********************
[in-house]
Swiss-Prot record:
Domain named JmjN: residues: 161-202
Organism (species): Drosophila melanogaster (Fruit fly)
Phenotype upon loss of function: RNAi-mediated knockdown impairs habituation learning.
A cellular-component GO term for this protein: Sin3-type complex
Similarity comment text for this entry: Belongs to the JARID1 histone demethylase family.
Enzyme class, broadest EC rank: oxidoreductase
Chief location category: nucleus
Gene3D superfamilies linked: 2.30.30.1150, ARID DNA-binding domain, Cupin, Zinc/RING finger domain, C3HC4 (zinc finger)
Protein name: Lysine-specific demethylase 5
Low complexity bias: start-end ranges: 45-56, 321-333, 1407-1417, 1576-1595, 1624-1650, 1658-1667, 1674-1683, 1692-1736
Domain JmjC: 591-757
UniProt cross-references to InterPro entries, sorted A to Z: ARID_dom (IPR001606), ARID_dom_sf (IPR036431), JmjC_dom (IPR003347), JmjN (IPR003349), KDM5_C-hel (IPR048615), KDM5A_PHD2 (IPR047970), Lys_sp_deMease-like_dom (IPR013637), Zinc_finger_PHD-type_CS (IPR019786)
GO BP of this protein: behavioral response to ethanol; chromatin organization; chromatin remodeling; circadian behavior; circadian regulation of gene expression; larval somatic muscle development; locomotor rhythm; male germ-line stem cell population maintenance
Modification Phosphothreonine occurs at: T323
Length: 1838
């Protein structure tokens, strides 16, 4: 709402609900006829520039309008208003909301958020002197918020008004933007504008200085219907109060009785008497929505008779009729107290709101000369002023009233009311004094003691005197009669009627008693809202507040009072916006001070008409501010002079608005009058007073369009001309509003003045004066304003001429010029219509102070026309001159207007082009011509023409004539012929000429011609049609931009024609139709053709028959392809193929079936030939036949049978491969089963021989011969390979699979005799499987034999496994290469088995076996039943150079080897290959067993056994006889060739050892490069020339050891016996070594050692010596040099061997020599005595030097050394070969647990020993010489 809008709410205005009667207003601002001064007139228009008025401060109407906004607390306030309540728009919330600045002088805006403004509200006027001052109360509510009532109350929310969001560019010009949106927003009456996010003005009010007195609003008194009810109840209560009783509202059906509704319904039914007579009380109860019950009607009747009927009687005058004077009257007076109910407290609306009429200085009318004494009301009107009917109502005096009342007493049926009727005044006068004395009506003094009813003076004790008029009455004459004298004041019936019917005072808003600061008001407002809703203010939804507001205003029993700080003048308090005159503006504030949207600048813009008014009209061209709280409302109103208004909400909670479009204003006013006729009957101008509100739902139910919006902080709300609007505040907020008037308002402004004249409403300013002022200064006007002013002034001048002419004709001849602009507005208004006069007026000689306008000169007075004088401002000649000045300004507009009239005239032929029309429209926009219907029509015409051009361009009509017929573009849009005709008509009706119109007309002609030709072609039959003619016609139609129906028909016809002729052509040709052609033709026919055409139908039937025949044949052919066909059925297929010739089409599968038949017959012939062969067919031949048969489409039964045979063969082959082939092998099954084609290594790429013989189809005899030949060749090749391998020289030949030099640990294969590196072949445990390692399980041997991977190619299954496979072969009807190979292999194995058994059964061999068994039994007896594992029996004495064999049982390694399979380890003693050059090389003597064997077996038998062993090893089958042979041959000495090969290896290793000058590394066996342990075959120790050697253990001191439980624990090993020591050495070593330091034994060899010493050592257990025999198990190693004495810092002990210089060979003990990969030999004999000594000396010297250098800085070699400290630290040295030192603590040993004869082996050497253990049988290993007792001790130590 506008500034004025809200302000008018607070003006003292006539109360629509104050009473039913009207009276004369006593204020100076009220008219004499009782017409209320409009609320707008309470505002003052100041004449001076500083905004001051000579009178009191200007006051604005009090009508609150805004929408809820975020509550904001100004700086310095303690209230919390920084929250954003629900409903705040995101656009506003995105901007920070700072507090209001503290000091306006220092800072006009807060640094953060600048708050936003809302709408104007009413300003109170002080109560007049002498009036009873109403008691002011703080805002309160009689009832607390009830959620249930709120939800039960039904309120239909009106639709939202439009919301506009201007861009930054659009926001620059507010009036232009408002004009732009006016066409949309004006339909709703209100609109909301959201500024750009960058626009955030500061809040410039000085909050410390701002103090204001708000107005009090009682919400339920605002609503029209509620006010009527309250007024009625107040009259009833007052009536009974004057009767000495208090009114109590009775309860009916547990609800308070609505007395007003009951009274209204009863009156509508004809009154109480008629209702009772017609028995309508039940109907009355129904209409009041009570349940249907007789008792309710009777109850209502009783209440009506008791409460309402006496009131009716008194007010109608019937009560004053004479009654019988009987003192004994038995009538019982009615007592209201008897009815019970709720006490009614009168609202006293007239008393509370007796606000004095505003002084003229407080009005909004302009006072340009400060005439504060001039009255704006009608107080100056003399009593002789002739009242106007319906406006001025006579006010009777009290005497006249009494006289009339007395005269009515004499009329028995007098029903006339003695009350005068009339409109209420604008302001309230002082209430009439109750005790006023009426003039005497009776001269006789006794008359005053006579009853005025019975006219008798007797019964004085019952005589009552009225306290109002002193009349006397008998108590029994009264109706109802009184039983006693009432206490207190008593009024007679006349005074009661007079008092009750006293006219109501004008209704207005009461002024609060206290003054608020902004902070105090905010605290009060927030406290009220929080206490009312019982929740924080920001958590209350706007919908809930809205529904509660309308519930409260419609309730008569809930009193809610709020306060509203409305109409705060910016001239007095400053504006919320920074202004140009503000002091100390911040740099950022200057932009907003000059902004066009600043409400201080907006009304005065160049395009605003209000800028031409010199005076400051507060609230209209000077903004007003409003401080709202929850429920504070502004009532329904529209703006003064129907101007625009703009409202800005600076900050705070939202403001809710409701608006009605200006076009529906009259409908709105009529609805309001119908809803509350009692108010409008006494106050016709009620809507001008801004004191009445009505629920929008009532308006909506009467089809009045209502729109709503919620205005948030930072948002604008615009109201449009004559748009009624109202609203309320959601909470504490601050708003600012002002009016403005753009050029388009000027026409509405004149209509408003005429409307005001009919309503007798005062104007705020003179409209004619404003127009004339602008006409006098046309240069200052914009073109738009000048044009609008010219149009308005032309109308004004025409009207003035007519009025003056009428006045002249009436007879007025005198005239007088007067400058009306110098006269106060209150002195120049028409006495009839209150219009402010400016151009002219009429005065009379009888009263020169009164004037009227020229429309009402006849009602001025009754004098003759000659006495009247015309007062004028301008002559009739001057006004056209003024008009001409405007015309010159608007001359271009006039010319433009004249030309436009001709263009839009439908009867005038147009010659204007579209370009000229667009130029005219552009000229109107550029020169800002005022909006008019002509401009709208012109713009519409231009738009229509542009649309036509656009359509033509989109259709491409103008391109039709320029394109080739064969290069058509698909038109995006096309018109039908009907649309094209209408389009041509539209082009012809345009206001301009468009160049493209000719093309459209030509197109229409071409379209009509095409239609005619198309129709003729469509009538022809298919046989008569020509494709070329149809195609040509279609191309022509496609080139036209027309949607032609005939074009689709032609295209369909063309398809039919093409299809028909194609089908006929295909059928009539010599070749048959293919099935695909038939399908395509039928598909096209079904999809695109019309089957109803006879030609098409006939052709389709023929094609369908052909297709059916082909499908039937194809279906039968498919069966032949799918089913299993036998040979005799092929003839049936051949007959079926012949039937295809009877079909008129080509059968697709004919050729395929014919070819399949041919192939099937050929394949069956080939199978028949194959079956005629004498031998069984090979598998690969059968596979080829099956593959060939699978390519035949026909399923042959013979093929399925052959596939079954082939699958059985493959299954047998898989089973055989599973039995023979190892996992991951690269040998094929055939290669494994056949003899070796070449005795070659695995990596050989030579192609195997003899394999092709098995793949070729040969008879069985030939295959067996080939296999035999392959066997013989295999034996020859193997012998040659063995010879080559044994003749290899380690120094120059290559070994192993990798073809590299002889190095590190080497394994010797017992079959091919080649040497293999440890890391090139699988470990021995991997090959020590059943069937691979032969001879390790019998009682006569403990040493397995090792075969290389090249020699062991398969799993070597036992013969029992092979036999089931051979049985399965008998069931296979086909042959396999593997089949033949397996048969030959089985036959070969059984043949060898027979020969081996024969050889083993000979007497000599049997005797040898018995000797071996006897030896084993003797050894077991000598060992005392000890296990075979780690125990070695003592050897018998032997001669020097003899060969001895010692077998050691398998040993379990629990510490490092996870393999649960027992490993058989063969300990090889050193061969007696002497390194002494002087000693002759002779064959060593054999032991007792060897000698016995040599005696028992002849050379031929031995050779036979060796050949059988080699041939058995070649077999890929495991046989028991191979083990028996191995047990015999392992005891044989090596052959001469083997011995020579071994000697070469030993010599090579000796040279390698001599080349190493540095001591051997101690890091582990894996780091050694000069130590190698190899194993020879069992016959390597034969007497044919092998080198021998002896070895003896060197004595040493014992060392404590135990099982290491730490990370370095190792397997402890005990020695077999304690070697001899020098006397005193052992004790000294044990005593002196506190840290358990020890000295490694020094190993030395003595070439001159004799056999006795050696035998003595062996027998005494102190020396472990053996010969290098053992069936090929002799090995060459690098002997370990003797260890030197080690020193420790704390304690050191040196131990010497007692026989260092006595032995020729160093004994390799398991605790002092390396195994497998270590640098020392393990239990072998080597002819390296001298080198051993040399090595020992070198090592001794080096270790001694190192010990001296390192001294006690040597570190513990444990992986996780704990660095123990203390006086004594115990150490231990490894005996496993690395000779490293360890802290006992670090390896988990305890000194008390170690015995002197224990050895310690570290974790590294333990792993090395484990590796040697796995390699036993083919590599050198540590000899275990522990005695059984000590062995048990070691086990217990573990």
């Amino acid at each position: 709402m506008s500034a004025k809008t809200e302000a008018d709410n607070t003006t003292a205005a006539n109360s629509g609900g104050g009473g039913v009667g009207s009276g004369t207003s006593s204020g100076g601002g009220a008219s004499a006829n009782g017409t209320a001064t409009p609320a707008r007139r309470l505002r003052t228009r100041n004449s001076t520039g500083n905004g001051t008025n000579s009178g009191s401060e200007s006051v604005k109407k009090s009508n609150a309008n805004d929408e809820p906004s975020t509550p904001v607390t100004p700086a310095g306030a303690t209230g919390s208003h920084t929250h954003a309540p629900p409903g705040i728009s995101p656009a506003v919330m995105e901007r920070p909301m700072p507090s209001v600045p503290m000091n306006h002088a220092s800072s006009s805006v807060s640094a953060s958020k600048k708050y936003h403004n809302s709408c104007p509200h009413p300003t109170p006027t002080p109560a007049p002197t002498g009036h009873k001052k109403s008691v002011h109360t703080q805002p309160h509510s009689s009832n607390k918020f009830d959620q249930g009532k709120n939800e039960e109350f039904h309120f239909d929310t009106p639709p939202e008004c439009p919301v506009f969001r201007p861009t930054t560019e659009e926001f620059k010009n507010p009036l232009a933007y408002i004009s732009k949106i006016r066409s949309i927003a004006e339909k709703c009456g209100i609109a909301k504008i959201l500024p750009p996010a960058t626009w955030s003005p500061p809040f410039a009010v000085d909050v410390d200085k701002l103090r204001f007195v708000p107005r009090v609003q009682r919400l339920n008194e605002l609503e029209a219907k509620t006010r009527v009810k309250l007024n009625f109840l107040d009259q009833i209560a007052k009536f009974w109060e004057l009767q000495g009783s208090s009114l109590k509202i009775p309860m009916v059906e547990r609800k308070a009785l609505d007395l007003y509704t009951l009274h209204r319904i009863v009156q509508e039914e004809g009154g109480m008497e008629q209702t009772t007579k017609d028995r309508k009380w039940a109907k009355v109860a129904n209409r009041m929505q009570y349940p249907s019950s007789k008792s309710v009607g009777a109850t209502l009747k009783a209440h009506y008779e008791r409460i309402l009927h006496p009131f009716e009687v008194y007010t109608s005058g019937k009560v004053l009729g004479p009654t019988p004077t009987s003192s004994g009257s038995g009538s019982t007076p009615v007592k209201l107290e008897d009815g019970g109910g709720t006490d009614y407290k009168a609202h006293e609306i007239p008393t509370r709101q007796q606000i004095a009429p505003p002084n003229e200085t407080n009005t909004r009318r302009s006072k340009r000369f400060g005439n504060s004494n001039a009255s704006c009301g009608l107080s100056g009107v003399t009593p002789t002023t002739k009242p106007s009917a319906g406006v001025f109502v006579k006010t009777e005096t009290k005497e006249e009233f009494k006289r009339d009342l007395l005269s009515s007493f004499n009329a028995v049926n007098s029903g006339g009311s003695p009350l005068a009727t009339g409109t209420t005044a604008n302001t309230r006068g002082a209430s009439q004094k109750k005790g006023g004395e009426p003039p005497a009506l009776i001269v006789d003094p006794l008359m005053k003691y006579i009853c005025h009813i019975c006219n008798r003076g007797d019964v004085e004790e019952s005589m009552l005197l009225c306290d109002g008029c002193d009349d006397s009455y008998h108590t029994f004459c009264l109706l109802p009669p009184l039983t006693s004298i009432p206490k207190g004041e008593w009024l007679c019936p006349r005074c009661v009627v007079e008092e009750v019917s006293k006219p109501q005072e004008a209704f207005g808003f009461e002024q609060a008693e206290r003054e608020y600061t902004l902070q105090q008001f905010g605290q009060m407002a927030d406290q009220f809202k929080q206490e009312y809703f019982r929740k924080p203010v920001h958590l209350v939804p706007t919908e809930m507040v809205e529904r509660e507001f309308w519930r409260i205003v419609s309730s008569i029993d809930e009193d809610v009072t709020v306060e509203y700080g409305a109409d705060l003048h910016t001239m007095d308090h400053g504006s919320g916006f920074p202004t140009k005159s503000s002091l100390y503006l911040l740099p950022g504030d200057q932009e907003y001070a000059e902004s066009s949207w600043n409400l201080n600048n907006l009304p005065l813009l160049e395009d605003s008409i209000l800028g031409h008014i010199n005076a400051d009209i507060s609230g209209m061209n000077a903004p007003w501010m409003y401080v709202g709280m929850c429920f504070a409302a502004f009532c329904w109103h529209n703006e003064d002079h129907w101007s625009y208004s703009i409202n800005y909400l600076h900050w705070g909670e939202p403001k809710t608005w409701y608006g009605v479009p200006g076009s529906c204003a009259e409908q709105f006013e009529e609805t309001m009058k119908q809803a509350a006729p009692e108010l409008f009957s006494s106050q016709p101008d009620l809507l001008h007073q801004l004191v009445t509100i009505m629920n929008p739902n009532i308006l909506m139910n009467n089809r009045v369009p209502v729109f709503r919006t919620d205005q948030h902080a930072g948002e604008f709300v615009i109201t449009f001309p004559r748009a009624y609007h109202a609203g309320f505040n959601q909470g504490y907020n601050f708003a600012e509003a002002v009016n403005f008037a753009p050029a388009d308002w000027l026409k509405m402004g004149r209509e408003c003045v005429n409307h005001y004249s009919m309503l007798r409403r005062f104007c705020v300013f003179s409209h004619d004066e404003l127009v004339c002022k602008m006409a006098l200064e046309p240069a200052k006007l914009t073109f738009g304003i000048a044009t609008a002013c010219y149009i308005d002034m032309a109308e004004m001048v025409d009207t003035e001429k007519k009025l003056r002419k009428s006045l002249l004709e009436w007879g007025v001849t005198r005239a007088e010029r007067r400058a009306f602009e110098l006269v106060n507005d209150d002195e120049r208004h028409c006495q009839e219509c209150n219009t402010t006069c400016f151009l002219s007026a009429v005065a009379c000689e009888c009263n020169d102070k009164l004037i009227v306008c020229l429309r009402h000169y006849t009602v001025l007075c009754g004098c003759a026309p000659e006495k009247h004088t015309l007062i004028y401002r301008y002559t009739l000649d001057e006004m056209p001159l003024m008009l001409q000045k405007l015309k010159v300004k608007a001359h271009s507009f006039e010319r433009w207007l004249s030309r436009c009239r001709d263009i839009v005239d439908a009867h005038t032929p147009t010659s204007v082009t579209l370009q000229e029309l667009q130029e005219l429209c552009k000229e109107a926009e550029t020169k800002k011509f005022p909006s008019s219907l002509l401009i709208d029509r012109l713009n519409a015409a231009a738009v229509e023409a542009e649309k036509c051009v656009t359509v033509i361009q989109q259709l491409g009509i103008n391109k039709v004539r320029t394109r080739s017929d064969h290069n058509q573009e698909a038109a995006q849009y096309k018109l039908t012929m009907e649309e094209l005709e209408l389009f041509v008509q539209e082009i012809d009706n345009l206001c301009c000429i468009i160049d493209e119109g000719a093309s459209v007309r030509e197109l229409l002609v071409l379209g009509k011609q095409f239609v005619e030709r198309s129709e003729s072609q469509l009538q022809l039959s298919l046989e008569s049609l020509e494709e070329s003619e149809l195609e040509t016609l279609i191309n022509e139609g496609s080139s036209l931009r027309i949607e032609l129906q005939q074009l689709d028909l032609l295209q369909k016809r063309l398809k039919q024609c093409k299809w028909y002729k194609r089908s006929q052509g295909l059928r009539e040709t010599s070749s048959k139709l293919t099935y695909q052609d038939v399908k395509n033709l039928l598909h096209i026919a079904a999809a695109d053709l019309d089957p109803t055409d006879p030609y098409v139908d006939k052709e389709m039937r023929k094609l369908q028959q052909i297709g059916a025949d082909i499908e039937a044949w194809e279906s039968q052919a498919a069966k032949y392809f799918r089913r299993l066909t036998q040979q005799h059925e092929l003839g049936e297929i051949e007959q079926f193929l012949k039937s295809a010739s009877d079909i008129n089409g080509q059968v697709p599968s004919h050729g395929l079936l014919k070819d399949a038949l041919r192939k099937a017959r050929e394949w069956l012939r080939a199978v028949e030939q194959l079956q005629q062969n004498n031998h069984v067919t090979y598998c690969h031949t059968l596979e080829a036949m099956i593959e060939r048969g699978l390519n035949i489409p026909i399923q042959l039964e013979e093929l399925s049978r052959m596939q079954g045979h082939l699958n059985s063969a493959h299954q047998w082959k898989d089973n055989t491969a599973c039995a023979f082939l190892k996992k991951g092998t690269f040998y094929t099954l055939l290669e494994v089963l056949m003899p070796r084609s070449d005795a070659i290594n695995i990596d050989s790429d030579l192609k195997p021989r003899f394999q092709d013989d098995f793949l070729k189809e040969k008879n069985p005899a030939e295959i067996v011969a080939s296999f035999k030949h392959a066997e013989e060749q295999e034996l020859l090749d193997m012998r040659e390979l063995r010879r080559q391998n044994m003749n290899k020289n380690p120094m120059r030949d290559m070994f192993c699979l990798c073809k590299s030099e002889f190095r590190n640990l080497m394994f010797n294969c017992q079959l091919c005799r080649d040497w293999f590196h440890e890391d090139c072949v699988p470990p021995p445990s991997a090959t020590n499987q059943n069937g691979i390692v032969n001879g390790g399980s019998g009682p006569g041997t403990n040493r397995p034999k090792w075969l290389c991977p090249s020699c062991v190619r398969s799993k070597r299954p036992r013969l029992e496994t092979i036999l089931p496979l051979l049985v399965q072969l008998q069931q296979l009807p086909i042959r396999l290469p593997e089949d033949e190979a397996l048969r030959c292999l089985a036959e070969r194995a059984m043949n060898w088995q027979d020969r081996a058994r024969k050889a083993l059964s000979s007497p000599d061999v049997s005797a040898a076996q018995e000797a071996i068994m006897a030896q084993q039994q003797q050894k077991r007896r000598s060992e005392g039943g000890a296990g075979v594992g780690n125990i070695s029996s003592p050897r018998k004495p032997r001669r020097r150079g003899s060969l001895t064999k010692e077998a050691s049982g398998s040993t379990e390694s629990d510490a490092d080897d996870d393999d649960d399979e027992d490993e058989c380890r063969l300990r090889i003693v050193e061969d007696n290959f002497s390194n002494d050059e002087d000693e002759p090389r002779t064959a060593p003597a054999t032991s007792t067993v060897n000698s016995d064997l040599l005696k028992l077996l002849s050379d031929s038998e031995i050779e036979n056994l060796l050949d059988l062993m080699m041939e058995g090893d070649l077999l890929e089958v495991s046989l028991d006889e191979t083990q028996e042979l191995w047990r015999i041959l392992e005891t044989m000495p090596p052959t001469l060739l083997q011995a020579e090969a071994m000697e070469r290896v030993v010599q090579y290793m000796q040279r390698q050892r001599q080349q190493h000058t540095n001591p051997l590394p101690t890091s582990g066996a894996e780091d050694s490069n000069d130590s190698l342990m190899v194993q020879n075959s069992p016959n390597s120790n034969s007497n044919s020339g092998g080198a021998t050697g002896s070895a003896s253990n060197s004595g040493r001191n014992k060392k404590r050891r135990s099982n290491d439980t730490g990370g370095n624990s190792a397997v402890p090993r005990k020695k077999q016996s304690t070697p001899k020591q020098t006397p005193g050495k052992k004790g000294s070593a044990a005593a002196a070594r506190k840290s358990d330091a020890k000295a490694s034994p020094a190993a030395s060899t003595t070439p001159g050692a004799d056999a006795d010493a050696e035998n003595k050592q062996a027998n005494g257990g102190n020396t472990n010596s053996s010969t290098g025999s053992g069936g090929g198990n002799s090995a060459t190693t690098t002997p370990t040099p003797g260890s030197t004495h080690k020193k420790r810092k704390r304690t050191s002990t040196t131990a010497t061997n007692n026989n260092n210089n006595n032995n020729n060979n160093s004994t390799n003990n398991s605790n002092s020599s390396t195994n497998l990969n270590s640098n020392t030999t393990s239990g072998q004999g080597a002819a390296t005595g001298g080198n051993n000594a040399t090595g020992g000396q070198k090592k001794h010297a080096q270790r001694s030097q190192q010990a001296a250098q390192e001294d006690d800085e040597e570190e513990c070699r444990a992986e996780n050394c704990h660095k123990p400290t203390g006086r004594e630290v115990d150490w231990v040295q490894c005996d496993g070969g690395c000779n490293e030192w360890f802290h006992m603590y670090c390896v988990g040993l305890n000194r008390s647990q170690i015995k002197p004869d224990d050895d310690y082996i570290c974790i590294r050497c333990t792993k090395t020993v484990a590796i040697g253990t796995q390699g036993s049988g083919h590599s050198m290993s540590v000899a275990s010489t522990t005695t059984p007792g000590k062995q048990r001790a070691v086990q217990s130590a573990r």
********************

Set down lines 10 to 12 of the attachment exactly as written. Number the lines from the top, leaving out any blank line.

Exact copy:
Gene3D superfamilies linked: 2.30.30.1150, ARID DNA-binding domain, Cupin, Zinc/RING finger domain, C3HC4 (zinc finger)
Protein name: Lysine-specific demethylase 5
Low complexity bias: start-end ranges: 45-56, 321-333, 1407-1417, 1576-1595, 1624-1650, 1658-1667, 1674-1683, 1692-1736